My grandfather, Christian d’Epenoux, was an international reporter for several French weekly news magazines such as the AFP (Agence France Presse), L’Express and l’Aurore. Over the years, he traveled throughout Africa to document various stories, from local tribe rivalries to more international conflicts like the Kolwezi operation in Congo.
I developed a deep fascination for Africa hearing all of his travel stories while I grew up. I’ve always had a hard time comprehending why, being born in France, I was lucky enough to have a mandatory and free education while almost 60 percent of children in sub-Saharan Africa between the ages of 15 and 17 are not in school.
The chart recently shared by the Gates Foundation (below) resonates with me. I was one of the lucky ones to start my own life ahead, but “hundreds of millions of people around the world have to overcome hurdle after hurdle to be successful” as the accompanying post highlights.
That insight is why I’m participating in a volunteer project to build a school in one of Africa’s poorest countries, Malawi, to offer the gift of education to those children that started farther behind. In late October, I’ll be joining a team of 15 volunteers to go on-site and build the next buildOn primary school in the Kasungu region, which will end up serving more than 200 local students.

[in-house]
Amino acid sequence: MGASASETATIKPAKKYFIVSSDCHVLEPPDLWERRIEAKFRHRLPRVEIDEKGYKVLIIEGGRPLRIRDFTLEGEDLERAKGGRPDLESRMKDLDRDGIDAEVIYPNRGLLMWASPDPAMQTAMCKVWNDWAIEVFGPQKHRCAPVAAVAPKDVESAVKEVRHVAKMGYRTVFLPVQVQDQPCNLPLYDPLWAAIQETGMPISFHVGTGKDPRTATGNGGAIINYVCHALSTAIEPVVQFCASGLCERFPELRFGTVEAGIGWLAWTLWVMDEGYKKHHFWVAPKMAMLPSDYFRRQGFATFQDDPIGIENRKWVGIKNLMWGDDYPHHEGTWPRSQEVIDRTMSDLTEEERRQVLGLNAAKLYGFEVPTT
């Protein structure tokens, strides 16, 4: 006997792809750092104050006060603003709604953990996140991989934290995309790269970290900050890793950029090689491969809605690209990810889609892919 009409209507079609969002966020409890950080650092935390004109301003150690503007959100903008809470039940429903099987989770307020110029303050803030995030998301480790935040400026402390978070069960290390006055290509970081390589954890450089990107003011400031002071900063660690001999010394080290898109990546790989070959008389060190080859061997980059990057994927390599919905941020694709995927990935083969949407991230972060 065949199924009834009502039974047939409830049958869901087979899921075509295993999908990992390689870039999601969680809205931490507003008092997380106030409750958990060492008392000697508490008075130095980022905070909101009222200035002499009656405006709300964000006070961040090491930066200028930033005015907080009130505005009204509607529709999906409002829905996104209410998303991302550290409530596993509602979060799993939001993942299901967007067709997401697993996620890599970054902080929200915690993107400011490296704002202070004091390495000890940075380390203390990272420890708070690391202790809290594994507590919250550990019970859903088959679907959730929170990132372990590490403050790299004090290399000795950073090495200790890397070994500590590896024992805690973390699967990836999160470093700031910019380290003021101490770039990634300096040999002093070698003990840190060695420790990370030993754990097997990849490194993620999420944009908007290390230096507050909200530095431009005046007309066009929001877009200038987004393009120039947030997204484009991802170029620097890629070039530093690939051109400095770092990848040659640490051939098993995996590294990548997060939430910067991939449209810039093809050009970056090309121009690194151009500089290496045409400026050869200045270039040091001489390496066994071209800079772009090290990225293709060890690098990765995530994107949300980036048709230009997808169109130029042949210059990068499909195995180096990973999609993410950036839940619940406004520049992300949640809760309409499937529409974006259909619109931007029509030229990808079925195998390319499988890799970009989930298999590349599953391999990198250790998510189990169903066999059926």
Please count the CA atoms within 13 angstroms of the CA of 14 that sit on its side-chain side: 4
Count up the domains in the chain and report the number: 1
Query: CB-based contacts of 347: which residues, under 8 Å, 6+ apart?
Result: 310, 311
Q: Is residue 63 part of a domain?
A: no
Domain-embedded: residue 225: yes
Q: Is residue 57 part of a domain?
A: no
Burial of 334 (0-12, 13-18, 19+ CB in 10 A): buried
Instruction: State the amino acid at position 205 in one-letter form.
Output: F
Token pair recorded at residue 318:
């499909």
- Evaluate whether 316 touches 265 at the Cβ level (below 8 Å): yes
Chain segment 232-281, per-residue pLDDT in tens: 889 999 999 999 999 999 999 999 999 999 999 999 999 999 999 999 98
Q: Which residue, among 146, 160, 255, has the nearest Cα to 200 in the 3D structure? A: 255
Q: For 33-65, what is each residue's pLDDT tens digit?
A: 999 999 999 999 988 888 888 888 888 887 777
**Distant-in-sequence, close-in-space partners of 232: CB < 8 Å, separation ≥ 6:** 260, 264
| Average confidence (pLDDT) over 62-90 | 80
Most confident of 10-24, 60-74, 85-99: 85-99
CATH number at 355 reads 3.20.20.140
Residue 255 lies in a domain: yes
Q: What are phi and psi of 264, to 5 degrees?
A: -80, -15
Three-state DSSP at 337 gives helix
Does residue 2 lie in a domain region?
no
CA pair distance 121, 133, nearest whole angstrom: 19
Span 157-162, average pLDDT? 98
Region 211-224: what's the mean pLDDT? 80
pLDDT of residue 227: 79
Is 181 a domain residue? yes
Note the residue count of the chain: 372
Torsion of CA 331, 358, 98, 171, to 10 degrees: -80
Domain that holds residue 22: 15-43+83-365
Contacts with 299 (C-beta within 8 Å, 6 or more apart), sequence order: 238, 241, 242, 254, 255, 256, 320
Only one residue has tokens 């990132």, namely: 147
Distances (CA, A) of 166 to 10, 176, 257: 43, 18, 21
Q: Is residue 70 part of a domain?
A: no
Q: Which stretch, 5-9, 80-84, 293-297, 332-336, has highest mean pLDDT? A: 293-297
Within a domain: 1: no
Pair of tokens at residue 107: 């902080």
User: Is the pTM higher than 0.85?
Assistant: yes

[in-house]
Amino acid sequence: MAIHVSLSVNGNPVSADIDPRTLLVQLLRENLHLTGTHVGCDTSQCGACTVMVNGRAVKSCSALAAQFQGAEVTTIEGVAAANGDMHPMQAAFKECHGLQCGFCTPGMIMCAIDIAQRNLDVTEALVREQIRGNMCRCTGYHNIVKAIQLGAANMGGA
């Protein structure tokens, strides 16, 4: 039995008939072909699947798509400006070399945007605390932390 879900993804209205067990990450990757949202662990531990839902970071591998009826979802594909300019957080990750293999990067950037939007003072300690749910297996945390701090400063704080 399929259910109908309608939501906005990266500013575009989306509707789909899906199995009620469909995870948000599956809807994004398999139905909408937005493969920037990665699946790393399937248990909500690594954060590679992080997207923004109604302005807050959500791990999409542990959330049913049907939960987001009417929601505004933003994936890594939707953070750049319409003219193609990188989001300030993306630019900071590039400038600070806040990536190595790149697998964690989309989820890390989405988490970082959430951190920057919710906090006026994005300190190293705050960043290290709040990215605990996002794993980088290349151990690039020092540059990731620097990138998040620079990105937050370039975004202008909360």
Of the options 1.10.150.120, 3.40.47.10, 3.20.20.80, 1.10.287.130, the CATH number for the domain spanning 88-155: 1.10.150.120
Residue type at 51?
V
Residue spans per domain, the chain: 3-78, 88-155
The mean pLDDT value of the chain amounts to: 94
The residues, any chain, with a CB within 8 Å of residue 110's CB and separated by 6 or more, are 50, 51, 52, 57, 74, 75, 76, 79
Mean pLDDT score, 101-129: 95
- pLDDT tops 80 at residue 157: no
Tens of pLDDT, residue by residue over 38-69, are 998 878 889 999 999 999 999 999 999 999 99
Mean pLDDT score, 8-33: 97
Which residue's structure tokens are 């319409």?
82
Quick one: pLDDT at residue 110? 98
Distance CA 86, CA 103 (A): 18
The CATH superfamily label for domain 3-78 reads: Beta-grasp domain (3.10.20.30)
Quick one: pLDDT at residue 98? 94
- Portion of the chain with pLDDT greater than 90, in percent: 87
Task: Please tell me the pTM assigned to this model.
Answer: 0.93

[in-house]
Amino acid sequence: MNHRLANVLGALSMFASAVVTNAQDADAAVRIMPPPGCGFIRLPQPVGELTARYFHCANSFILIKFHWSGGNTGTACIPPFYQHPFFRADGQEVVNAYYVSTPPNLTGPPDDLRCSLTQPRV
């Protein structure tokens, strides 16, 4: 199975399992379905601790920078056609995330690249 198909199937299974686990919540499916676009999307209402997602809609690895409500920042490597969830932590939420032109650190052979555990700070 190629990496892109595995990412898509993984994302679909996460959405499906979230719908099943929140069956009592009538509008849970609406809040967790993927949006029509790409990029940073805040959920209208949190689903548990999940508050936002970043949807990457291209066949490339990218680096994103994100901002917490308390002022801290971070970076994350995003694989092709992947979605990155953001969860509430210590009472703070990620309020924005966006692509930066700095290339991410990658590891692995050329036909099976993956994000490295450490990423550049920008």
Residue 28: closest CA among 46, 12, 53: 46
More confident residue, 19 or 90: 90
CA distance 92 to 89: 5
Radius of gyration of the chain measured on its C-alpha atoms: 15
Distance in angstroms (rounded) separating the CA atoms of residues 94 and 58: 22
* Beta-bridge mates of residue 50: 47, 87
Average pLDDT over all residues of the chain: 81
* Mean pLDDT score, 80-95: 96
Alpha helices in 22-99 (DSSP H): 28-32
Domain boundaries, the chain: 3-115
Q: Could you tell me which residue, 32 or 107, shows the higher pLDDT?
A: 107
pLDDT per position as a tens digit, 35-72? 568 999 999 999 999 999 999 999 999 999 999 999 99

I really value that the project not only consists of building a school but also maintaining it while educating the local community, therefore improving their lives for the long term. We’re also conducting an adult literacy program to help them run a business to finance the school costs across many years. Furthermore, we’ll be testing a prototype using the Salesforce Platform for Change to collect data about the community, the school, and students. Note that it’s a major struggle to collect data in the field for nonprofits in disconnected areas; it’s still mostly done with pen and paper. We’ll be sharing all of our findings with the government of Malawi, with whom we’re collaborating.
Our first trek will kick-off school construction with a groundbreaking ceremony. We will also test the Platform for Change prototype. We will then go to the Chipoza community and stay in local families’ houses. The project will continue further with other trips scheduled for the following months to finish the school construction and to optimize the data collection prototype.
The United Nations gave us a clear framework for what we should focus on over the next 10 years (and beyond) with Sustainable Development Goals (SDGs). Having those common goals is just the first step, however. One of the hardest challenges we have is to measure our progress against others on a global basis. That’s why our vision is to empower nonprofits & governments to track their impact everywhere they work and aggregate the data as quickly as possible.
I’m looking forward to go on-site and meet with the Chipoza community and its children. You can learn more and support this project on my fundraiser page here: http://bit.ly/Malawi-clemence.
My grandfather would be proud to see that we’re helping children to go to school and, as Nelson Mandela said, “Education is the most powerful weapon which you can use to change the world.”
Image courtesy Bill and Melinda Gates Foundation